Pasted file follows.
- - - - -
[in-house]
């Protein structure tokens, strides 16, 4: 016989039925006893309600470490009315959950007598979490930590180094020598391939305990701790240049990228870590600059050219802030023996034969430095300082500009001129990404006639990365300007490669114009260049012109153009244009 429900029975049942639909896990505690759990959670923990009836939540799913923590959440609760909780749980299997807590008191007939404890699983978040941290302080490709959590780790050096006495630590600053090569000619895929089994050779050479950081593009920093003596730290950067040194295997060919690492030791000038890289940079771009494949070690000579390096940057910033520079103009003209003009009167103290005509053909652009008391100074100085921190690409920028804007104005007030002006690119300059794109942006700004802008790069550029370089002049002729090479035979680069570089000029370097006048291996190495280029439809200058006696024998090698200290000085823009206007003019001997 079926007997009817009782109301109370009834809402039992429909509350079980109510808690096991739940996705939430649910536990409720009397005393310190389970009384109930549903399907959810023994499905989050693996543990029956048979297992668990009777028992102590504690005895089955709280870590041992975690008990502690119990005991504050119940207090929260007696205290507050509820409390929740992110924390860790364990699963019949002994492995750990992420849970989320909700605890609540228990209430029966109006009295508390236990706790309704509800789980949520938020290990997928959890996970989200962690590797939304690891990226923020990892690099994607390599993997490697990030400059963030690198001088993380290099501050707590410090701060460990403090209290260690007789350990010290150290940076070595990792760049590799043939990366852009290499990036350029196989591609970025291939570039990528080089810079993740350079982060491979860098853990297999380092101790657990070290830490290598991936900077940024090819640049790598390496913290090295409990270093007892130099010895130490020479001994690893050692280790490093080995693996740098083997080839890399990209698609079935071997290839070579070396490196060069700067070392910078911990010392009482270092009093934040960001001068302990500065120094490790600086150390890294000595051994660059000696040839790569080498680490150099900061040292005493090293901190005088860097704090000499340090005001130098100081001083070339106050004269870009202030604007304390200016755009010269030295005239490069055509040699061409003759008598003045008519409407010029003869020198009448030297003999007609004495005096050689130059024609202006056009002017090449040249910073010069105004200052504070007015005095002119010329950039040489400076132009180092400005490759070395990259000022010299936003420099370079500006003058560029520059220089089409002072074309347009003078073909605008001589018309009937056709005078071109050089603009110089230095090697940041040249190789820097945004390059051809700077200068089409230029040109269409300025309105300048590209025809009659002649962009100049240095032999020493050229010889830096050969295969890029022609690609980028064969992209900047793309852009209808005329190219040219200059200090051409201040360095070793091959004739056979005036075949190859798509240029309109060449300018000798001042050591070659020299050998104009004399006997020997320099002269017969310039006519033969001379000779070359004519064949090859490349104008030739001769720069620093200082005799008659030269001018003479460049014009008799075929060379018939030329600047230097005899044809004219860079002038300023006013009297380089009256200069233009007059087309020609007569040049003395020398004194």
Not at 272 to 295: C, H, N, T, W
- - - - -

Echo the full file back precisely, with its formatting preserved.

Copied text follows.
[in-house]
């Protein structure tokens, strides 16, 4: 016989039925006893309600470490009315959950007598979490930590180094020598391939305990701790240049990228870590600059050219802030023996034969430095300082500009001129990404006639990365300007490669114009260049012109153009244009 429900029975049942639909896990505690759990959670923990009836939540799913923590959440609760909780749980299997807590008191007939404890699983978040941290302080490709959590780790050096006495630590600053090569000619895929089994050779050479950081593009920093003596730290950067040194295997060919690492030791000038890289940079771009494949070690000579390096940057910033520079103009003209003009009167103290005509053909652009008391100074100085921190690409920028804007104005007030002006690119300059794109942006700004802008790069550029370089002049002729090479035979680069570089000029370097006048291996190495280029439809200058006696024998090698200290000085823009206007003019001997 079926007997009817009782109301109370009834809402039992429909509350079980109510808690096991739940996705939430649910536990409720009397005393310190389970009384109930549903399907959810023994499905989050693996543990029956048979297992668990009777028992102590504690005895089955709280870590041992975690008990502690119990005991504050119940207090929260007696205290507050509820409390929740992110924390860790364990699963019949002994492995750990992420849970989320909700605890609540228990209430029966109006009295508390236990706790309704509800789980949520938020290990997928959890996970989200962690590797939304690891990226923020990892690099994607390599993997490697990030400059963030690198001088993380290099501050707590410090701060460990403090209290260690007789350990010290150290940076070595990792760049590799043939990366852009290499990036350029196989591609970025291939570039990528080089810079993740350079982060491979860098853990297999380092101790657990070290830490290598991936900077940024090819640049790598390496913290090295409990270093007892130099010895130490020479001994690893050692280790490093080995693996740098083997080839890399990209698609079935071997290839070579070396490196060069700067070392910078911990010392009482270092009093934040960001001068302990500065120094490790600086150390890294000595051994660059000696040839790569080498680490150099900061040292005493090293901190005088860097704090000499340090005001130098100081001083070339106050004269870009202030604007304390200016755009010269030295005239490069055509040699061409003759008598003045008519409407010029003869020198009448030297003999007609004495005096050689130059024609202006056009002017090449040249910073010069105004200052504070007015005095002119010329950039040489400076132009180092400005490759070395990259000022010299936003420099370079500006003058560029520059220089089409002072074309347009003078073909605008001589018309009937056709005078071109050089603009110089230095090697940041040249190789820097945004390059051809700077200068089409230029040109269409300025309105300048590209025809009659002649962009100049240095032999020493050229010889830096050969295969890029022609690609980028064969992209900047793309852009209808005329190219040219200059200090051409201040360095070793091959004739056979005036075949190859798509240029309109060449300018000798001042050591070659020299050998104009004399006997020997320099002269017969310039006519033969001379000779070359004519064949090859490349104008030739001769720069620093200082005799008659030269001018003479460049014009008799075929060379018939030329600047230097005899044809004219860079002038300023006013009297380089009256200069233009007059087309020609007569040049003395020398004194």
Not at 272 to 295: C, H, N, T, W